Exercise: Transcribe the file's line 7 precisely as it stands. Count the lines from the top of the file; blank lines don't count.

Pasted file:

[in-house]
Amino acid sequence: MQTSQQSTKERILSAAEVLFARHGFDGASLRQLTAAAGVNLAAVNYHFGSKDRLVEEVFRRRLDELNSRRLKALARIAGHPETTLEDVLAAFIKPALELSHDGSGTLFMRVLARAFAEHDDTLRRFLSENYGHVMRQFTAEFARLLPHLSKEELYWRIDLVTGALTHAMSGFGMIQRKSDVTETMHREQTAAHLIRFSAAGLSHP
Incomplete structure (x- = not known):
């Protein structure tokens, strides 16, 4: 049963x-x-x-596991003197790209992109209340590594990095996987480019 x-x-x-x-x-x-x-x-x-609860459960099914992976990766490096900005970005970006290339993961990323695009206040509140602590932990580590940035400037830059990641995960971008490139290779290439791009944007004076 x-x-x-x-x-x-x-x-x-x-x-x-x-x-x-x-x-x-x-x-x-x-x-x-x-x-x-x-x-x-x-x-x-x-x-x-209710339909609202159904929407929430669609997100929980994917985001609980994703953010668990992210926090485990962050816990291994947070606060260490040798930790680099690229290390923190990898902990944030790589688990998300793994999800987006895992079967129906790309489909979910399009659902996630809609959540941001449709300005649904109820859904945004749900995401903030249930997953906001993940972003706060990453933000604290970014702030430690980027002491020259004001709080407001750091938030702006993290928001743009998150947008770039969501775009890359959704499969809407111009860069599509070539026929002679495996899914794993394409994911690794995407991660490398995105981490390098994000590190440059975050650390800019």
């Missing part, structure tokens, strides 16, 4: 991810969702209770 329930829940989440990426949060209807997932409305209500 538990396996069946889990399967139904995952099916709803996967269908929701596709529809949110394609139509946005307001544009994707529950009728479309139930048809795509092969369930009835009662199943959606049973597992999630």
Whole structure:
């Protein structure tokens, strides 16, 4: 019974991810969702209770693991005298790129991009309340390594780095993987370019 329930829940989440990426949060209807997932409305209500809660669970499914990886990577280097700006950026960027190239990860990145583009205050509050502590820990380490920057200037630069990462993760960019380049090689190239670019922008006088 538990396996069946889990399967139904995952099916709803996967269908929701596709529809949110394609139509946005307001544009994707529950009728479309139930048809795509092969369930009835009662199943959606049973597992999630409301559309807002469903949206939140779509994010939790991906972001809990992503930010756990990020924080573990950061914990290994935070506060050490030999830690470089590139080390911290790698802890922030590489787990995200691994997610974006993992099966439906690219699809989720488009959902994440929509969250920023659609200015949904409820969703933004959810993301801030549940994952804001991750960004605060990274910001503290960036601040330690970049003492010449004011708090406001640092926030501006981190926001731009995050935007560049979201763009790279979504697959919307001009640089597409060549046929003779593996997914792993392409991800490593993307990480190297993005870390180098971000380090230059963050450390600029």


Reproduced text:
């Protein structure tokens, strides 16, 4: 019974991810969702209770693991005298790129991009309340390594780095993987370019 329930829940989440990426949060209807997932409305209500809660669970499914990886990577280097700006950026960027190239990860990145583009205050509050502590820990380490920057200037630069990462993760960019380049090689190239670019922008006088 538990396996069946889990399967139904995952099916709803996967269908929701596709529809949110394609139509946005307001544009994707529950009728479309139930048809795509092969369930009835009662199943959606049973597992999630409301559309807002469903949206939140779509994010939790991906972001809990992503930010756990990020924080573990950061914990290994935070506060050490030999830690470089590139080390911290790698802890922030590489787990995200691994997610974006993992099966439906690219699809989720488009959902994440929509969250920023659609200015949904409820969703933004959810993301801030549940994952804001991750960004605060990274910001503290960036601040330690970049003492010449004011708090406001640092926030501006981190926001731009995050935007560049979201763009790279979504697959919307001009640089597409060549046929003779593996997914792993392409991800490593993307990480190297993005870390180098971000380090230059963050450390600029």